The Frame Game

In the first sentence of the first entry of Foot in Mouth, I made what I assumed would be an incontrovertible and innocuous assertion: dance audiences are small.
Paul Parish pointed out, in the very next entry, that millions watch ABC’s “Dancing with the Stars” each week.
A couple of posts later, he and Annie-B Parson, codirector of the glorious Big Dance Theater, got into a discussion about the place of rhythm in dance–what counts as “rhythm,” how essential it is, how interesting a dance with something other than rhythm at its core could be. (I hope I’m not misrepresenting anyone here; you can scroll down to read the posts yourselves.)
So, in a matter of a few paragraphs, we managed to bang right into the problem of writing about dance, which is: what the hell are we talking about?
In music writing, the pop music critic isn’t also responsible for Beethoven. The art reviewers at the New York Times, to use a prominent example, do not review student shows. They do not review Thomas Kinkade, painter of treacly fantasies for members of the nouveau riche who still wish they were one of the seven dwarves.
But the dance reviewers weigh in on the School of American Ballet’s annual graduation-class shows; they catch the Rockettes, Twyla Tharp’s latest dancical, folk dance, butoh, tap, hula, ritual performance art, and ballet competitions.
Dance turns out to mean: anything that moves. No wonder the muddle.
So, what to do? Well, what not to do is “blame [the choreographer] for not achieving what he did not attempt.” (That’s John Updike on book reviewing, but it translates.)
Don’t fault Mark Morris for not being Neil Greenberg, much less the Rockettes for not being Eiko and Koma, masters of the stark and slow. Submit to the show’s frame of reference. When you can’t because the problem as you see it IS the frame, say so.
Paul does, when he says about a particular kind of modern dance,

Unless you LIKE identifying with anxiety and the stress adjacent to over-multi-tasking (and who needs more of that?), what is there to appeal to the imagination?

He gives an account of what kind of art this is–it emulates the most aggravating aspects of the everyday–and thinks all it’s good for is inducing headaches.
When Annie-B says,

Rhythm, or any other element or combination of elements, is only as good as its choreographer, inside or outside the comfort zone,

she’s saying in effect, “I don’t think the goals of these choreographers is the problem. I think the problem is how they’re achieving it. Any goal is fine, as long as the artist knows what she’s doing.”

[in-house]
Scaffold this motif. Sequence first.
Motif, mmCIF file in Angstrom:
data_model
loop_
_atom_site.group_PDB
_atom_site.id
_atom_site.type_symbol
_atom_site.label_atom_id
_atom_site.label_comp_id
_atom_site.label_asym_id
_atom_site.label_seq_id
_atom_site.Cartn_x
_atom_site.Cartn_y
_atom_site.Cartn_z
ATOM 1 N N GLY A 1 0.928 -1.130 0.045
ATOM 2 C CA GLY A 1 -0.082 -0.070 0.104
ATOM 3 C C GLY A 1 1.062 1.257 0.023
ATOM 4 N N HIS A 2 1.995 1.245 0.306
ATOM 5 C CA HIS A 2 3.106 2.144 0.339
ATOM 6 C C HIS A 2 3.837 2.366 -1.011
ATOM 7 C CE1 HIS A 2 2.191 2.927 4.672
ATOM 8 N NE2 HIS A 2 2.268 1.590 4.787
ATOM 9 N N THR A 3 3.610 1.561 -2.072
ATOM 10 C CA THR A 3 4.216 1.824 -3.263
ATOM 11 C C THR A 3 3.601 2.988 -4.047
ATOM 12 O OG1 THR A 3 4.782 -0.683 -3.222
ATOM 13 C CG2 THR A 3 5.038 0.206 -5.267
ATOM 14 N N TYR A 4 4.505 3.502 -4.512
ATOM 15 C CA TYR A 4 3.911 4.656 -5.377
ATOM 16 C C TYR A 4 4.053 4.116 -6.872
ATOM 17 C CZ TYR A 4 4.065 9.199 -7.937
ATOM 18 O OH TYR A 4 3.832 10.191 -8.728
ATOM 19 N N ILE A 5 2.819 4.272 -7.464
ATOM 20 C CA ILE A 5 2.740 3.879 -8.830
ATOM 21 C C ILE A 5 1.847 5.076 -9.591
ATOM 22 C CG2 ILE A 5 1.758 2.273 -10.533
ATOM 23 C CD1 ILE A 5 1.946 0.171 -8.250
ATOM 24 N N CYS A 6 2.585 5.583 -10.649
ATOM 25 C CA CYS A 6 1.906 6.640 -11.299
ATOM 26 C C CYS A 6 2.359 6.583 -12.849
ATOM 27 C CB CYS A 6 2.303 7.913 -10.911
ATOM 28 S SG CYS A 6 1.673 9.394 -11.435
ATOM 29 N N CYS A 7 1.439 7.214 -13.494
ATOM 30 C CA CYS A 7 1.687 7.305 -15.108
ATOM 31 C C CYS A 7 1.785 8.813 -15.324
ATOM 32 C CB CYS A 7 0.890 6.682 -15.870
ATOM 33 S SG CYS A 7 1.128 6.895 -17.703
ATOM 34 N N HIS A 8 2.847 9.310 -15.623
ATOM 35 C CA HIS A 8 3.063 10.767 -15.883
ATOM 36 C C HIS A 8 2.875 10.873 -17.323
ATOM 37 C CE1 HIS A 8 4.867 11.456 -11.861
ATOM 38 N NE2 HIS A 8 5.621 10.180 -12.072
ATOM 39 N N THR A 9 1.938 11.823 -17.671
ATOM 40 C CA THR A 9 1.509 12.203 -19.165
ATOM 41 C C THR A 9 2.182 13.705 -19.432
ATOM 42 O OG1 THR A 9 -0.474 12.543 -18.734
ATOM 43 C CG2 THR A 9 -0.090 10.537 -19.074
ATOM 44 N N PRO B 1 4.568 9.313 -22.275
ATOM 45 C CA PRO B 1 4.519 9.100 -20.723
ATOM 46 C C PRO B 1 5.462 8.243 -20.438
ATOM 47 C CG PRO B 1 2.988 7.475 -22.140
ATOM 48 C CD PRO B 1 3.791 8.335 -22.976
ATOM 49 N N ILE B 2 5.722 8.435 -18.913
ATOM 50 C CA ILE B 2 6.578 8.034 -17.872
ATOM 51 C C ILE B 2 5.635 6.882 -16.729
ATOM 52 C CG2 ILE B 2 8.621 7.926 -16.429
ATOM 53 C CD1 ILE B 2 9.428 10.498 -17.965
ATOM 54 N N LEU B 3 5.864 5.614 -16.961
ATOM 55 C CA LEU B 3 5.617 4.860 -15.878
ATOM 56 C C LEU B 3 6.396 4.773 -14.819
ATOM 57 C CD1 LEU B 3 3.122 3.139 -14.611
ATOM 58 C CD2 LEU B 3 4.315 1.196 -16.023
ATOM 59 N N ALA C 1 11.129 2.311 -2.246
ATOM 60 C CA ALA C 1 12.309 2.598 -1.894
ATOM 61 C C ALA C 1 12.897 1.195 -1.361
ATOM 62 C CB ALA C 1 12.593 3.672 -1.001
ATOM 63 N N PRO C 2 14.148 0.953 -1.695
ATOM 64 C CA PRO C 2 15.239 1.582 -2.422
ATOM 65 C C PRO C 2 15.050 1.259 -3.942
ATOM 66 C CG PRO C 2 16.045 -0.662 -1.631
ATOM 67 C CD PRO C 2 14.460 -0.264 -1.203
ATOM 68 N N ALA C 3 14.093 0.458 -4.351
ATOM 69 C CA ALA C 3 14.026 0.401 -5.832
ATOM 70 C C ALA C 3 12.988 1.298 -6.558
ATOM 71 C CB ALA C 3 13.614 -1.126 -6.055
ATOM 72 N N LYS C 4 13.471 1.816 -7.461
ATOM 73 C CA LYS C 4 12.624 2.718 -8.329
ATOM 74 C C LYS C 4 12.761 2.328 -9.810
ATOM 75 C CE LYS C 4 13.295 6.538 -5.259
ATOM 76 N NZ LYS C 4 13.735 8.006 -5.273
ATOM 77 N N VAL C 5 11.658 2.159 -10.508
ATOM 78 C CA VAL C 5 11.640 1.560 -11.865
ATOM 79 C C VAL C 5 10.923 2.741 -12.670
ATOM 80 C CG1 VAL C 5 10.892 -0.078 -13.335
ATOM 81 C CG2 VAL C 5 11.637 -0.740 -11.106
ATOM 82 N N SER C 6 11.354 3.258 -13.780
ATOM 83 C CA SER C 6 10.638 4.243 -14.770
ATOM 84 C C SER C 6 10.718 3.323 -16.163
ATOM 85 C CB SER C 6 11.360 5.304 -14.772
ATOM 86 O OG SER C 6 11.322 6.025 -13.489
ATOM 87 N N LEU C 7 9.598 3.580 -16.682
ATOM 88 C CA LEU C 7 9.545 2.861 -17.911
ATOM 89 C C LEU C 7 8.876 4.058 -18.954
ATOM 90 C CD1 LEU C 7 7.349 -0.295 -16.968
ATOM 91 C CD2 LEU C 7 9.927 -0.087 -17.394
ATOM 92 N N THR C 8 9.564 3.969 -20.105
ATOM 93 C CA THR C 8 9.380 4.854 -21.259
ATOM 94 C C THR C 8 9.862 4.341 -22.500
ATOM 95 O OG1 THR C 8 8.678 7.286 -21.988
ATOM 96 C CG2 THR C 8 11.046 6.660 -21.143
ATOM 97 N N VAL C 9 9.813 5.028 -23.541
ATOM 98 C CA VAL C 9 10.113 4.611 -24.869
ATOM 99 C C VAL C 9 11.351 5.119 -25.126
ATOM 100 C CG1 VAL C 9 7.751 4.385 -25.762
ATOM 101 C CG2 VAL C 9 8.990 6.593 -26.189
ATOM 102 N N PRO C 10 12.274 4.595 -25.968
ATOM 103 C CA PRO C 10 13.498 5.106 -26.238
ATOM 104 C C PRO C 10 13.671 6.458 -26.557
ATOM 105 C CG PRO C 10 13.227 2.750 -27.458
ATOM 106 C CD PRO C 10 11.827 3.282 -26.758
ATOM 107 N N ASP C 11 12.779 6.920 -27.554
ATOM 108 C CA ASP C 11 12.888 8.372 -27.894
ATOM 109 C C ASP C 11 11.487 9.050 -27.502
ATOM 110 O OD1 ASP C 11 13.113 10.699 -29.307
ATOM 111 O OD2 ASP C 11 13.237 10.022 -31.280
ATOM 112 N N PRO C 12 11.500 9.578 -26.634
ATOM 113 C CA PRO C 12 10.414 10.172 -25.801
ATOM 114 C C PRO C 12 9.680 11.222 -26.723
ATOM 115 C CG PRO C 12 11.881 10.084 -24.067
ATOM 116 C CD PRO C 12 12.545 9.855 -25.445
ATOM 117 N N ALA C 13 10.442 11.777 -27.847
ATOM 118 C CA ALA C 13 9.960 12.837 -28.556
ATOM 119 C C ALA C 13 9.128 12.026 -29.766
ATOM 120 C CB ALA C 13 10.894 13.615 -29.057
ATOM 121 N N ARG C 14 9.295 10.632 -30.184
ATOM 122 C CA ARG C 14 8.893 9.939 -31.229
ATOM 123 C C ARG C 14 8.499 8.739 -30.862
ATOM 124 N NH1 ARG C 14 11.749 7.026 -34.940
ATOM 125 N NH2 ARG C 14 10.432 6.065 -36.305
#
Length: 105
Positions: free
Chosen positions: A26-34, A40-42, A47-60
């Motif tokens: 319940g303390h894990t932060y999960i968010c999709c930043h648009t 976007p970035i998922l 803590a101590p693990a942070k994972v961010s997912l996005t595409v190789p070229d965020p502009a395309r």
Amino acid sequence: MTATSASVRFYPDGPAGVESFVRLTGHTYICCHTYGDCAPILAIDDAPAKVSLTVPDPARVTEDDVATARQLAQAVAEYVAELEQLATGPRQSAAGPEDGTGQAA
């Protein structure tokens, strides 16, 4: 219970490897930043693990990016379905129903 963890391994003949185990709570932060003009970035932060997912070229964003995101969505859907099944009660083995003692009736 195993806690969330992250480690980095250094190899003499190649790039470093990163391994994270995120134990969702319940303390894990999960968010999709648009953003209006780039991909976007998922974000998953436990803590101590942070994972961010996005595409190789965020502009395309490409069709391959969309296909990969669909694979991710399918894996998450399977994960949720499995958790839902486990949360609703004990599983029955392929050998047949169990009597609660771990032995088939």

Critics don’t have to agree that every goal is fine–that’s usually what we’re wondering when we’re irked: “Is it or isn’t it?”–but we do need to understand the difference between the artist’s project and how she’s executing it. We need to know what we’re criticizing.
If we don’t, the choreographers most likely to get maligned are those trying, at least, to push the art forward, push against the limits of the form, whether in hula, tap, modern dance (oh, what to call that one?), ballet, odissi, or Korean shamanic ritual dance. In some sense, the edges of “cutting edge art” don’t exist yet; the parameters are in the process of being made, which makes them hard to talk about. But the health of dance as an art form depends on it.
That said, I think it’s crucial that a reviewer respond as the person she is, not the person she thinks she ought to be. (Though if you’re a total bastard, this doesn’t apply.) A review shouldn’t be an attempt to be good. Yuck! Would you want to read a novel like that? (That’s my problem with Deborah Jowitt’s reviews in the Voice: her effort to be generous distracts me from whatever else she might be saying.)
On the other hand, if the reviewer is constantly qualifying what she says with “But that’s just my taste,” “That’s just my opinion,” (as John Rockwell, the New York Times head critic, does), she pulls the rug out from under the whole enterprise.
The point of criticism is to establish–not once and for all, but for a given review–criteria by which to think about the dance. To rely on “taste” is to renege on your responsibility. It doesn’t matter what your taste is–it doesn’t matter if, according to other people, you have none. As a reviewer your job is to turn taste and opinion into argument.
For the duration of the review, a writer is actually developing a theory about dance–or at least this dance form– not just this single dance. That’s what Paul did when he said if all that’s going on is cognitive dissonance, it’s not getting my vote.
To end, here are a couple of passages from reviews that widened out beyond the specific subject to make a larger theory about the art form:

Love is, among other things, the experience of wholly identifying with another person’s sincerity. It is rare in art, where impersonal operations of style normally regulate violent emotions. In the case of the brutal “Woman with Her Throat Cut,” a detached response is impossible. [PETER SCHJELDAHL on Giacometti. "The Thin Man," October 29, 2001, The New Yorker. No known link]

Here’s our very own Jennifer Dunning, writing in the Times about Saar Harari and Lee Sher’s “Moopim,” now playing at P.S. 122 in New York:

At the very least “Moopim” raises that age-old theatrical question of whether untheatrical emotions like tedium are best expressed by replicating them on the stage.

I’d never thought of that before–that certain emotions are more theatricalizable than others–and I’m not sure I agree, but it got me thinking. For that, I’m grateful.

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